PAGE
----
The Pittsburgh Pirates are leading the National League Central.
Andrew McCutchen is a key performer as the Pirates make a playoff push…
The storyline seems like an anachronism, but yes, the Pirates hold the best record in the National League. Veteran players like McCutchen and young breakouts like Jack Suwinski have led the Pirates back to relevance with a thrilling and unexpected start. Let’s take a look at five notes from a wildly bewildering April.
Five Notes from the Pirates’ First Month
Oneil, Oh No!
The Pirates’ hopes for an exciting season took a massive hit in early April as Oneil Cruz suffered a fractured ankle on April 9th. The athletic young shortstop will miss about four months, a disastrous outcome for a team that expected him to be the centerpiece of their season. His talent would be difficult to replace, but there is still hope he will return in August.
How have the Pirates fared in his absence? Rodolfo Castro, 23, has been the stand-in shortstop. He had barely played in more than 100 games before this season. His 103 OPS+ last season would be enough to represent a fairly average player. Perfect for filling a lineup spot in case of injury, but certainly not the star power that Cruz represented.
Castro decided to challenge that narrative. In nearly all facets of the game, Castro is having a career year. He is walking more, striking out less, and hitting for more power. A lot more power. His barrel percentage nearly doubled from 6.7% last season to 12.5% this year. His hard-hit percentage is sitting at 50%.
According to BaseballSavant, he is significantly outperforming his expected batting average. However, one other statistic that showcases his improvement is his performance against breaking balls. His batting average against these pitches (.176) is still poor, but when he does connect, he is hitting for more power with a .509 expected slugging.
Veteran leadership. Clubhouse presence. Call it what you want, but the team leaders are performing on the field, too. Andrew McCutchen made it known that he is here to play winning baseball, not to reminisce over the past. He’s made good on that sentiment with a 125 OPS+. His five home runs are second on the team, behind only Jack Suwinski. Oh, and the 36-year-old hasn’t been afraid to steal some bags, too.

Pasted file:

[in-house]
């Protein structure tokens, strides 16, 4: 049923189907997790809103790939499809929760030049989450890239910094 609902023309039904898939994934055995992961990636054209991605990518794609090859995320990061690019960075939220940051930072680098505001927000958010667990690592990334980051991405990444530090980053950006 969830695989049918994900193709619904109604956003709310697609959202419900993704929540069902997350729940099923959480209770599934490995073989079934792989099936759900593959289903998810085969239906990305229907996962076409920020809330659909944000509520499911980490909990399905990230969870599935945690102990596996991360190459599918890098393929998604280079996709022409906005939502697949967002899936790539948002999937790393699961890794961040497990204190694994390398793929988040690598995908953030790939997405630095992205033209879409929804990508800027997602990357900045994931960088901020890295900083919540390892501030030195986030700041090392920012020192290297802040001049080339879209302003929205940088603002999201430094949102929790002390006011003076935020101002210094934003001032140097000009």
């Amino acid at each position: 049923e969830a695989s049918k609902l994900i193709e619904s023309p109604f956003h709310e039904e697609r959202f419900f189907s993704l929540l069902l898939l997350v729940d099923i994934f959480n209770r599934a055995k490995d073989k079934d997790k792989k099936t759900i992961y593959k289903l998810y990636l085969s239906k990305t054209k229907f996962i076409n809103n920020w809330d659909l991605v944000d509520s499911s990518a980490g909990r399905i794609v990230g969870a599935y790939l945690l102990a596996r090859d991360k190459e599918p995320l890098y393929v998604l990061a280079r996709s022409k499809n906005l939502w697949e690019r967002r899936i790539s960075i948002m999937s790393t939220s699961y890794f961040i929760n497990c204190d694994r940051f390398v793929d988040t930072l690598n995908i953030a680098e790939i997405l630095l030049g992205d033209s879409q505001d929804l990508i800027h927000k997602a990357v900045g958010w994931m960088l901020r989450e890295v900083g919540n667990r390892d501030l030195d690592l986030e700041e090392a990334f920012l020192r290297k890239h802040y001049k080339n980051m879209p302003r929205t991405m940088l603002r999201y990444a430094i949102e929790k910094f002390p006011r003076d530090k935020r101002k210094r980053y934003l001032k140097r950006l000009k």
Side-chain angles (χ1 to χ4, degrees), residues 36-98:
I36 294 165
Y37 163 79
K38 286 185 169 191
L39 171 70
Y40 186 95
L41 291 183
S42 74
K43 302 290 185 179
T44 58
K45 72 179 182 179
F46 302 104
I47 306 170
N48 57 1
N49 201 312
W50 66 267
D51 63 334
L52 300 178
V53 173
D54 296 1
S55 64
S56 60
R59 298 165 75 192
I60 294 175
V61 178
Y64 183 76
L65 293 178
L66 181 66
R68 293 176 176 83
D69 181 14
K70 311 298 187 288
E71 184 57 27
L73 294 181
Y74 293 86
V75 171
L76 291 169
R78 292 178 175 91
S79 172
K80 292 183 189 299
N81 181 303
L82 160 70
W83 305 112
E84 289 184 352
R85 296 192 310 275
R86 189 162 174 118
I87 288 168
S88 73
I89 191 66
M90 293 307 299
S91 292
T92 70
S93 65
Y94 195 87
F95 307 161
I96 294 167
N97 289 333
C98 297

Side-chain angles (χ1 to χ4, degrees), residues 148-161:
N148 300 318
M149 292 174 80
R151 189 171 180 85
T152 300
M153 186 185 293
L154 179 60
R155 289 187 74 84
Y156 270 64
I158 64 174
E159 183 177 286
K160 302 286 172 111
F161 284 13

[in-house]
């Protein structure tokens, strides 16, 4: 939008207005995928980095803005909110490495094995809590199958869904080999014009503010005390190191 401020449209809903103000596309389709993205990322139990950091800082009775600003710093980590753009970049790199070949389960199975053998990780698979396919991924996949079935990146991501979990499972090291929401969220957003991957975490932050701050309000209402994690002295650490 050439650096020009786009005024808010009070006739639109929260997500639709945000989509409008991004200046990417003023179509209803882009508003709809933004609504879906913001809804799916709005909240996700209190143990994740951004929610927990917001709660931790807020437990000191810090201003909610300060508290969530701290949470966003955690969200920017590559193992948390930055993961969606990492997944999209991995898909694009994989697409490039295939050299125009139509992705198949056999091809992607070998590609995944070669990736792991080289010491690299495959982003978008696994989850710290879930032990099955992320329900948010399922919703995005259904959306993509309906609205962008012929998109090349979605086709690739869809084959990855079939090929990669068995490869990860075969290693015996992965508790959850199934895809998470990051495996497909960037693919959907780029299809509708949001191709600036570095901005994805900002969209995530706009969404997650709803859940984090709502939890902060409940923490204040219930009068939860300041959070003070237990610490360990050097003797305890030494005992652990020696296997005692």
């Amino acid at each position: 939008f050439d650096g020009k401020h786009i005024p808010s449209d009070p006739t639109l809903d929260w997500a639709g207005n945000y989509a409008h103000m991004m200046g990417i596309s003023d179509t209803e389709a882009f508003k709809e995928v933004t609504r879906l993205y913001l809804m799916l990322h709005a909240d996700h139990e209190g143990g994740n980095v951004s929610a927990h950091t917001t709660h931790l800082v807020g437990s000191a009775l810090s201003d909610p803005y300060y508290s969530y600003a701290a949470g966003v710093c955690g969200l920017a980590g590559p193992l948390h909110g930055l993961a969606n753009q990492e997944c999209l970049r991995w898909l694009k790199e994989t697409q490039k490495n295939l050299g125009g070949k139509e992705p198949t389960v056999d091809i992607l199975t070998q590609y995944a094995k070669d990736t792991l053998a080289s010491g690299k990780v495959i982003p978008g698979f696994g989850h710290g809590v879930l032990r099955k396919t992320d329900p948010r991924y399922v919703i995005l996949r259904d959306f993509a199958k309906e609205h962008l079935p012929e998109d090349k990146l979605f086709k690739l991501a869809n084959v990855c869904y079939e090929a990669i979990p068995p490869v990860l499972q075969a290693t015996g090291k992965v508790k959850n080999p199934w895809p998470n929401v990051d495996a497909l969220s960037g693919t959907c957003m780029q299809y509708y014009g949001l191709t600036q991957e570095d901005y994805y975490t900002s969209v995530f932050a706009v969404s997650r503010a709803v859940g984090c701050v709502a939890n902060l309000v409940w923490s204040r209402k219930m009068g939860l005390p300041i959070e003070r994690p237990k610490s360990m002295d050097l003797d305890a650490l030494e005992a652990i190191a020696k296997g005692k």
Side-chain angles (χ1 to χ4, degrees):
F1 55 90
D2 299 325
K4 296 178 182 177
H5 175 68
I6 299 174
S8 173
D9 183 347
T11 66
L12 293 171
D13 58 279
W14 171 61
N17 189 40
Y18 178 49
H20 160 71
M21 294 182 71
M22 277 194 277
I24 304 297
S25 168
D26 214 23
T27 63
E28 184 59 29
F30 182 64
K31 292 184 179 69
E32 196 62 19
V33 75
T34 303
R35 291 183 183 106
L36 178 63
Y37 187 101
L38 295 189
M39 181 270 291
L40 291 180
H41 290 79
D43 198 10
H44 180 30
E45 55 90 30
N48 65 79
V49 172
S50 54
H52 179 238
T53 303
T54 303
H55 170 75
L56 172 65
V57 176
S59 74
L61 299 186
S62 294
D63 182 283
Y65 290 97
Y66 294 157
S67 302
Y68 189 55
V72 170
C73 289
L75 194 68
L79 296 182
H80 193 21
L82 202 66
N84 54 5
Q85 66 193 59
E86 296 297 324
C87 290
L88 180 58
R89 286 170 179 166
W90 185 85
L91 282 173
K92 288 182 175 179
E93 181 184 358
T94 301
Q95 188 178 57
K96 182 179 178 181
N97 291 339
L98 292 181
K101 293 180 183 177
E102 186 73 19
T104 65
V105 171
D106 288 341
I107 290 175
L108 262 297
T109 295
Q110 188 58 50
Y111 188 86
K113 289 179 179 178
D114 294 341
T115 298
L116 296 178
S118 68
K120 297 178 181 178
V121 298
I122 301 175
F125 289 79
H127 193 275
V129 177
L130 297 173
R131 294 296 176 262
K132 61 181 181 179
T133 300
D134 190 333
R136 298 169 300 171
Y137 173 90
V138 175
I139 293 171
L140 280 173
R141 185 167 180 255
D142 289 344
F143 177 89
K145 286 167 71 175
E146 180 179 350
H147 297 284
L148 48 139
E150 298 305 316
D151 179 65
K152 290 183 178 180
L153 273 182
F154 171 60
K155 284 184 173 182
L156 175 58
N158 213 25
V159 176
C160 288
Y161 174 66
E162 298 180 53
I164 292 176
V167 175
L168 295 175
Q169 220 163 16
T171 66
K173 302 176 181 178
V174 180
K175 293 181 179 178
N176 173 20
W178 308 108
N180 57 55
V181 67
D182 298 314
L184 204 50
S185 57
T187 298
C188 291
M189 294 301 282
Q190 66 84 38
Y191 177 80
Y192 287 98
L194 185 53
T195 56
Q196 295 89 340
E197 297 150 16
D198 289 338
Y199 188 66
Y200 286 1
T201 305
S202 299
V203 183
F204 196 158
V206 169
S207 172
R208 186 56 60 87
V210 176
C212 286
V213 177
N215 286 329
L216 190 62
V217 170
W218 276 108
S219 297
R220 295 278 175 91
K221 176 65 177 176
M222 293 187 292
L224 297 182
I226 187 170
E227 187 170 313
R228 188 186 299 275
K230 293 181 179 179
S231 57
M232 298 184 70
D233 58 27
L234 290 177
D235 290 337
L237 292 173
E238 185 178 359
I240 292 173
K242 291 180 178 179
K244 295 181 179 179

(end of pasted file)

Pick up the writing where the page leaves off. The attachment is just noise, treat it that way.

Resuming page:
Carlos Santana is also having a renaissance. He has been a below-average hitter for three straight seasons. Yet this year, he has a 115 OPS+. Santana has always been known for his plate discipline and is on pace for his best season in this regard since 2019.
And, wait, what? He is three for three in stolen base attempts. For context, Santana is in the 17th percentile for sprint speed. That statistic definitely required a double-take.
How about some pitching, too? Rich Hill is the oldest pitcher in the majors at 43 years old. He has given up two or fewer runs in his past four starts for a 1.93 ERA over that span. His pitching profile this season is just as strange as the Pirates surprising record. His fastball velocity is in the 1st percentile. That’s, uh, not good. While his fastball might not be whizzing by hitters anytime soon, his arsenal adds to the intrigue.
BaseballSavant has seven different pitch types listed for Hill. He has given up a lot of hard contact and has very little swing-and-miss in his game. He might not be throwing bullets, but it is entertaining to watch a player like Hill post up so many consecutive good performances.